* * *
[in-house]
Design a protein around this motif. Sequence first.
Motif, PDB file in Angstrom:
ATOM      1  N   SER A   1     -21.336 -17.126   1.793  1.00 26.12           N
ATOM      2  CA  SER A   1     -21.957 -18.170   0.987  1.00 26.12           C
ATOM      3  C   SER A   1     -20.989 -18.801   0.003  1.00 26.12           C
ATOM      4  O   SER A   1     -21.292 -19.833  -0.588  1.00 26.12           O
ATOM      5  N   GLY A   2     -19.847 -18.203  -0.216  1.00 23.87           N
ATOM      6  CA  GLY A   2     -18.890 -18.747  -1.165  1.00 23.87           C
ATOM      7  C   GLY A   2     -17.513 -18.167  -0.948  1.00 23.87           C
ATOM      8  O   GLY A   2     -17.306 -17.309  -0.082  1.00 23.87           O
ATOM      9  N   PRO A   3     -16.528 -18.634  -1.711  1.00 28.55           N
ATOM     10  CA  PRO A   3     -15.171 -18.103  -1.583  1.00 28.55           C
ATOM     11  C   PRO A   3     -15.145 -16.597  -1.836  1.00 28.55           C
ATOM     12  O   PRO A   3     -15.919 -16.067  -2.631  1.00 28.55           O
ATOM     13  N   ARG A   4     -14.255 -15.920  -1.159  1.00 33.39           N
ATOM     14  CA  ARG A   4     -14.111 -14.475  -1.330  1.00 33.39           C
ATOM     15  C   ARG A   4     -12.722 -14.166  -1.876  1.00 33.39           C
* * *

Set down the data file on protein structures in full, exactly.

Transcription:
[in-house]
Design a protein around this motif. Sequence first.
Motif, PDB file in Angstrom:
ATOM      1  N   SER A   1     -21.336 -17.126   1.793  1.00 26.12           N
ATOM      2  CA  SER A   1     -21.957 -18.170   0.987  1.00 26.12           C
ATOM      3  C   SER A   1     -20.989 -18.801   0.003  1.00 26.12           C
ATOM      4  O   SER A   1     -21.292 -19.833  -0.588  1.00 26.12           O
ATOM      5  N   GLY A   2     -19.847 -18.203  -0.216  1.00 23.87           N
ATOM      6  CA  GLY A   2     -18.890 -18.747  -1.165  1.00 23.87           C
ATOM      7  C   GLY A   2     -17.513 -18.167  -0.948  1.00 23.87           C
ATOM      8  O   GLY A   2     -17.306 -17.309  -0.082  1.00 23.87           O
ATOM      9  N   PRO A   3     -16.528 -18.634  -1.711  1.00 28.55           N
ATOM     10  CA  PRO A   3     -15.171 -18.103  -1.583  1.00 28.55           C
ATOM     11  C   PRO A   3     -15.145 -16.597  -1.836  1.00 28.55           C
ATOM     12  O   PRO A   3     -15.919 -16.067  -2.631  1.00 28.55           O
ATOM     13  N   ARG A   4     -14.255 -15.920  -1.159  1.00 33.39           N
ATOM     14  CA  ARG A   4     -14.111 -14.475  -1.330  1.00 33.39           C
ATOM     15  C   ARG A   4     -12.722 -14.166  -1.876  1.00 33.39           C